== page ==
[NetBehaviour] Evolving an Understanding of Fun

Corrado Morgana corradomorgana at blueyonder.co.uk
Sun Apr 12 15:58:00 CEST 2009


Have a look at Raph Kosters 'Theory of fun'
A nice simple read-basically says that 'fun' is all about learning. Noughts
and crosses stops being fun when all mechanics are understood/learnt whilst
chess etc have huge leaning possibilities that extend the 'funness'..
conversely something tooo hard isn't fun (chess!) I guess this can be
expanded to novelty in large scale mmo's and any other levelled or sandbox
gameworld
Learning is about new experience, although I think there is a tendency to
discuss this in terms of mechanics and mastery.

I enjoy pootling about in Burnout paradise and GTA4 not really doing
anything, ignoring the game itself just enjoying a virtual world without any
real opening up of more experiential factors ie pootling about not bothering
with vehicle upgrades just enjoying the feel of the game (this could
conversely be read as 'learning/grokking' a game mechanic/physic)

This can seem a bit too mechanistic when virtual worlds aren't necessarily
about engaging with learning a play mechanic but can be purely about
enjoying a mise en scene or a narrative or a visual language that may not be
about novelty and exploration

<Rant over>

Corrado

-----Original Message-----
From: netbehaviour-bounces at netbehaviour.org
[mailto:netbehaviour-bounces at netbehaviour.org] On Behalf Of james morris
Sent: 12 April 2009 1:36 PM
To: netbehaviour
Subject: [NetBehaviour] Evolving an Understanding of Fun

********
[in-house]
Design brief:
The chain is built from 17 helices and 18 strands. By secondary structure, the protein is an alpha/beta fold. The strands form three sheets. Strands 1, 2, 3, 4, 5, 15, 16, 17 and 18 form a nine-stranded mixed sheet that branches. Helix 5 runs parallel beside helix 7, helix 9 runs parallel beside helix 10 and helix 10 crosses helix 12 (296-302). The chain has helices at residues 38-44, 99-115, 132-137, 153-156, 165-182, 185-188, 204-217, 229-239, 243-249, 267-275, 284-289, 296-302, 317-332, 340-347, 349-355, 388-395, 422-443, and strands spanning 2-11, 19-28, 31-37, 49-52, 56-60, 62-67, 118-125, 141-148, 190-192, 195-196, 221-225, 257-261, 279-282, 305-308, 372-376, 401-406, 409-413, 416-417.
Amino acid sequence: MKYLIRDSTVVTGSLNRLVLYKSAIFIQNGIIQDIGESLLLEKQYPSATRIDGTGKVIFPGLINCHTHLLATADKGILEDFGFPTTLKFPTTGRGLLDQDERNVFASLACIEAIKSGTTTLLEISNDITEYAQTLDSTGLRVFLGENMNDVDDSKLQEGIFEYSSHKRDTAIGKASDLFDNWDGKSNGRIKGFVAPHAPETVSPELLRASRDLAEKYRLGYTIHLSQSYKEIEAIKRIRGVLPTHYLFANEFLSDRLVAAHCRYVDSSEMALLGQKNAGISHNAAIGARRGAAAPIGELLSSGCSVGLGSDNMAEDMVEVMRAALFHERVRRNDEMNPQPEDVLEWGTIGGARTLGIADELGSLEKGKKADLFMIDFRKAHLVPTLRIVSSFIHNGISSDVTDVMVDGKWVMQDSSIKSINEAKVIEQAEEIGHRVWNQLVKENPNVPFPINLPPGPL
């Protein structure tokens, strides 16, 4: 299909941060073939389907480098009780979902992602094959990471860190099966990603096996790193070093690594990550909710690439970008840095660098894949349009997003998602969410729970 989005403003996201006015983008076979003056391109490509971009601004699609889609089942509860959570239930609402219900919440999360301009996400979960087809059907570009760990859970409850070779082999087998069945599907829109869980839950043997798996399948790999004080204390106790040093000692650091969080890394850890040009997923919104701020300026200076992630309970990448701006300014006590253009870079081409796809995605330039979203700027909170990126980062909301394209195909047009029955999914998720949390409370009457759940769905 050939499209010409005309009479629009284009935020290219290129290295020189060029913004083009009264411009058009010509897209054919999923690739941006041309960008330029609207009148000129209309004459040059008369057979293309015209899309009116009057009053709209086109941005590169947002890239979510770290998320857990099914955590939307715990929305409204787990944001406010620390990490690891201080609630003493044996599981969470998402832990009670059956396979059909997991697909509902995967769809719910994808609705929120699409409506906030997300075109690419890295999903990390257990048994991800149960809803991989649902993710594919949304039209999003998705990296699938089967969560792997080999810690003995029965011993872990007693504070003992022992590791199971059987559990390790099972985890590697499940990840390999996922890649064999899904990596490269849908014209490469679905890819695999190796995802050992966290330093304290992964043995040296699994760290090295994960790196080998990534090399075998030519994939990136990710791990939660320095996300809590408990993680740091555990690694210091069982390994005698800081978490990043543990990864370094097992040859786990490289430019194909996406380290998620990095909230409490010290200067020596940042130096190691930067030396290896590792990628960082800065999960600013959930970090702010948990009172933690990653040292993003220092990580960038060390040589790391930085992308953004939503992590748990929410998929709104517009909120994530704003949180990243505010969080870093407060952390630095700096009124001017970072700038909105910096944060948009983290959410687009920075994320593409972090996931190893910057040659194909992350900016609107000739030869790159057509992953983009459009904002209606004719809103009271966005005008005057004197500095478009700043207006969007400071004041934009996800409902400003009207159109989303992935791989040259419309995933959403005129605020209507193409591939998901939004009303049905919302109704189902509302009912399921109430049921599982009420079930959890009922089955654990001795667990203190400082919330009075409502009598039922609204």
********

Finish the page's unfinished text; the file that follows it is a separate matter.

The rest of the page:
from: http://codebad.com/

An article by Julian Togelius was recently brought to my attention in
which he discusses his experiments with a game generation evolutionary
algorithm that evaluates game fitness as a function of automated player
training.

I think it's a great idea, if not a terribly obvious one. Julian's
purpose in his quest is a noble one:

    Our solution is to use learnability as a predictor of fun. A good
game is one that is not winnable by a novice player, but which the
player can learn to play better and better over time, and eventually
win; it has a smooth learning curve.

I think if you ignore silly animalistic compulsions like collecting
items, finding all the secrets, or acting out fantasies, as well as more
legitimate human animal patterns like appreciating beauty in game audio
or visuals, or social interaction through gaming (hopefully more like
Super Smash Bros than World of Warcraft,) I believe this is an
absolutely solid function for measuring game funness.

It's worth noting here that Togelius does not explicitly state that his
technique is immediately applicable to video games, only heavily
implied. (It should also be noted that by video games I am going to
bravely exclude all turn-based games, relegating further discussion to
games which challenge one to think fast and exercise their reflexes.)

more: http://codebad.com/

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